Queen's College is situated at the foot of the picturesque Stormberg Mountains in the pleasant Eastern Cape town of Komani, formerly known as Queenstown. Established in 1858, it is the oldest school on the Border - a region famous for its fine schools. Close to its excellent "family" schools, Queen's College Boys' Primary, Queenstown Girls' High and Balmoral Girls' Primary, Queen's College offers boys a unique and once in a lifetime opportunity to realise their full potential in a healthy, caring environment in which educational excellence, tradition, loyalty, pride, leadership development, and the highest standards of discipline are emphasized. The overall educational development of the Queenian is achieved within a milieu of progressive thinking that ensures that the College moves with the times and makes the most of technological advances.


Queen's College - the name elicits an almost mystical reverence from generations of past students - perhaps to the bewilderment of those who cannot relate to the experience of having been a 'Queenian'.


Esse Quam Videri - our school motto highlights the cornerstone value of integrity that is tested daily in our safe environment. Integrity is critical to authentic adulthood and is a key character trait for life. Queen's College equips our young men to take the road less travelled; the difficult, yet spiritually rewarding path of integrity.

At Queen’s College we believe that a healthy, active lifestyle promotes a healthy, active mind. This is why we encourage our learners to play at least one summer and one winter sport. For a Public boys’ school, we boast amongst the most comprehensive sporting facilities in the country. We have nine rugby fields, four cricket fields, three hockey fields and a state of the art, floodlit AstroTurf for hockey.


One can only marvel at the immense influence of music and song in human society. If you spend a few days at Queen’s College, you will soon experience the mesmerizing effect of amagwijo. Igwijo is a unique form of musical expression devoid of instrumental accompaniment and rich in emotion. The singing of igwijo is deeply embedded in Xhosa culture and tradition. These melodic chants, sung in unison, are unmistakable and have become an important element of student culture at Queen's College. The unbridled singing of amagwijo at sport fixtures and various school events, bears testament to an inclusive school environment that celebrates South Africa’s diverse cultures.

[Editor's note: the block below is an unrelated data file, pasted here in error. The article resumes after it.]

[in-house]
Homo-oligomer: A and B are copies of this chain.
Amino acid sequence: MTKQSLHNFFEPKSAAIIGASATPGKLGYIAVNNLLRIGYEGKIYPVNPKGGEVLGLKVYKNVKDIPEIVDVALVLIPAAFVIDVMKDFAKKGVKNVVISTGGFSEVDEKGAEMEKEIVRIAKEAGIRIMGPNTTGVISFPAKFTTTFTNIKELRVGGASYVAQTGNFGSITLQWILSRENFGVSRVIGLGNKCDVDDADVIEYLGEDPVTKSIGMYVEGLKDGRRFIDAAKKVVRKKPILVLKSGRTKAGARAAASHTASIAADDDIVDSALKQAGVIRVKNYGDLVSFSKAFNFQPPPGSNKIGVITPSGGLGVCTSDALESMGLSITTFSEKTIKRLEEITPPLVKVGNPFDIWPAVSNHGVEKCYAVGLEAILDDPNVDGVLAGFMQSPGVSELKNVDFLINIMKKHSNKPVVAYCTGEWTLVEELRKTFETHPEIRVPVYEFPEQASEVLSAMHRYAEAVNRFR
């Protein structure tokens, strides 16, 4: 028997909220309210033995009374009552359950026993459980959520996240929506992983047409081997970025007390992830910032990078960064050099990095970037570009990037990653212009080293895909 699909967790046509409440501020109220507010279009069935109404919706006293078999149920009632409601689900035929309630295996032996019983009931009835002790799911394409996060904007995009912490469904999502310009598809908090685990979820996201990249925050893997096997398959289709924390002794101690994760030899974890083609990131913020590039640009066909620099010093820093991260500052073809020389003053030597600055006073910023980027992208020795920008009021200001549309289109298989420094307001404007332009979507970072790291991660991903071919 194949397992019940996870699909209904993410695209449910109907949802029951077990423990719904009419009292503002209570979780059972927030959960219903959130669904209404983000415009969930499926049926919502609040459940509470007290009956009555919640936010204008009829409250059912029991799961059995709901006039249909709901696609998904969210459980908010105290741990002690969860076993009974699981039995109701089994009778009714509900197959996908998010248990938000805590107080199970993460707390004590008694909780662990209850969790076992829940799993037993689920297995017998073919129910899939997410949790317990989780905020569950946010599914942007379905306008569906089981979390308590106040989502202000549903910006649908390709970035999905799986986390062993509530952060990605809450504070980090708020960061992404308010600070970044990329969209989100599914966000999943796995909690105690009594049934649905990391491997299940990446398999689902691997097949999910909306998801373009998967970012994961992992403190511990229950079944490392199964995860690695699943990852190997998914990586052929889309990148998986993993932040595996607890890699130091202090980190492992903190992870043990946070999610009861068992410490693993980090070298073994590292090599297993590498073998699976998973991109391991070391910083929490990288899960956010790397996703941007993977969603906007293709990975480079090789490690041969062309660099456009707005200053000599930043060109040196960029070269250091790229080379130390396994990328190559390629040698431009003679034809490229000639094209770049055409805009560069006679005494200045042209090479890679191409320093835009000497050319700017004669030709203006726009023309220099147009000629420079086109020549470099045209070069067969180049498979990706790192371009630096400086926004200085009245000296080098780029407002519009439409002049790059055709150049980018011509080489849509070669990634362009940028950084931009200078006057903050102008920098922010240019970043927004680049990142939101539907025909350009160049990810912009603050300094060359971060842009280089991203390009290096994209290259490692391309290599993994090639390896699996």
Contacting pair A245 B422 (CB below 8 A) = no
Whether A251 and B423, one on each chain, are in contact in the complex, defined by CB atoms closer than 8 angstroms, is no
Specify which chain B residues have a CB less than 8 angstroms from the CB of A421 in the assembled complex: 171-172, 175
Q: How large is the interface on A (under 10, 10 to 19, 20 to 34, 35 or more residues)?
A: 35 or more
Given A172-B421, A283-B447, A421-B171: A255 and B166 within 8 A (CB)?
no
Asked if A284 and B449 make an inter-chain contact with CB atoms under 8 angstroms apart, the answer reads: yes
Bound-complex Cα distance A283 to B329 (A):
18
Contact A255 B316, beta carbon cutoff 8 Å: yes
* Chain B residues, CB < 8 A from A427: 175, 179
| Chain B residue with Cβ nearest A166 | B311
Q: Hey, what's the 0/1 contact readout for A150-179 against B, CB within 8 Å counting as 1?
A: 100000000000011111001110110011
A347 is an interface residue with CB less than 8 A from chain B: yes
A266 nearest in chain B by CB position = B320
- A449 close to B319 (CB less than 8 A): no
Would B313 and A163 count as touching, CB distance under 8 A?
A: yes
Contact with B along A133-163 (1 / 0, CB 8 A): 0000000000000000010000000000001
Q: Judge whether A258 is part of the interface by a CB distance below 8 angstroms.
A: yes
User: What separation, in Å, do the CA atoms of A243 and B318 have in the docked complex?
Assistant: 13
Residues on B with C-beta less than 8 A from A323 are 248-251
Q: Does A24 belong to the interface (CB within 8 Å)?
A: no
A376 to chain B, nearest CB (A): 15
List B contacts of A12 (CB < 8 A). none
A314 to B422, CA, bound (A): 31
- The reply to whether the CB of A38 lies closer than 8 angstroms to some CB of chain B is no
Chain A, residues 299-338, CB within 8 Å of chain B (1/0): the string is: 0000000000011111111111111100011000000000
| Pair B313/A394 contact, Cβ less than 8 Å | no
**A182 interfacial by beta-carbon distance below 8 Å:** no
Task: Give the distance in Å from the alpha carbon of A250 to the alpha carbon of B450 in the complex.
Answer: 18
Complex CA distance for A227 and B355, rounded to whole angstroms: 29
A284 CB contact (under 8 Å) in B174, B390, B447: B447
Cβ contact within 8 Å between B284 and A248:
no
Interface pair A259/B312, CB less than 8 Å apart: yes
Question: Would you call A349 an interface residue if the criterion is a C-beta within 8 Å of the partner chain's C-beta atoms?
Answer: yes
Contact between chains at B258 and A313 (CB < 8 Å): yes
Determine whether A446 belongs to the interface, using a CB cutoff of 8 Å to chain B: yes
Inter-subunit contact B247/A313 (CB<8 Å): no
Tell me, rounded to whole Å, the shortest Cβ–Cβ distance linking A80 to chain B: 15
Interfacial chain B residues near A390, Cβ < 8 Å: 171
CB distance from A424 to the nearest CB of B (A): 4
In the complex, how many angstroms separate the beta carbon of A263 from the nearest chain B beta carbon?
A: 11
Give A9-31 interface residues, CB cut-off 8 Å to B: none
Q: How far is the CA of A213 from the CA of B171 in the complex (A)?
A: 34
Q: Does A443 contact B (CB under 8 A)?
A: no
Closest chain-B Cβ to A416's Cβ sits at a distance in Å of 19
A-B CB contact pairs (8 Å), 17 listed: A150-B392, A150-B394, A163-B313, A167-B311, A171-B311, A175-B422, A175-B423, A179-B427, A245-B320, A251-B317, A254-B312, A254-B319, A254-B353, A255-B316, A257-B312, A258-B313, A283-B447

Queen’s College - a movement that stirs the soul.


Queen's College traces its origins back to 1858 to "Mr Ham's school" in a sparsely furnished outbuilding in the frontier village of Queenstown. Despite the efforts of respected educated stalwarts like Mr Frederick Beswick who devoted 32 years (1867 to 1899) to laying the educational foundations of the Queen's College of today, the prospects of establishing a really great school in Queenstown looked bleak until 1910. In that year the school, which was moved to its present site in 1897, was given the name Queen's College. At the same time the school badge was designed - featuring a kudu (reflecting the historical municipal seal of Queenstown) and a crown (symbolising Queen Victoria, after whom Queenstown was named). The respected Headmaster, Mr Herbert Wilkinson, who led the school for 25 years, also coined the school motto: Esse Quam Videri (To be rather than to seem).

The school continued to grow in size and stature and under Mr Archibald Parry Davies, who was headmaster from 1930 to 1940. Queen's began to develop a distinctive character and spirit. The school's prowess in the academic, sporting and cultural spheres became known far and wide and it began to attract pupils from all over South Africa and as far afield as Rhodesia (Zimbabwe).

Today, Queen's College still draws pupils from all over Southern Africa. With its extensive modern school, hostel and playing field facilities, its highly motivated professional teaching staff, and its excellent well-rounded educational programme, the College has come a long way since its humble beginnings. Queen's is proud of its heritage and holds onto many cherished traditions. The core of the old stone school buildings (dating back to 1897) was retained when a new purpose-designed modern school complex was built in 1973. Many valuable reminders of the school's debt to the past are housed in the Queen's College Museum in the "Old School", which was itself declared a historical monument in 1980.


All that remains of Mr Ham's original school is the lectern on the stage of the Memorial Hall (the present school hall). It was made out of a yellowwood beam salvaged from the old school outbuilding when it was demolished in 1949.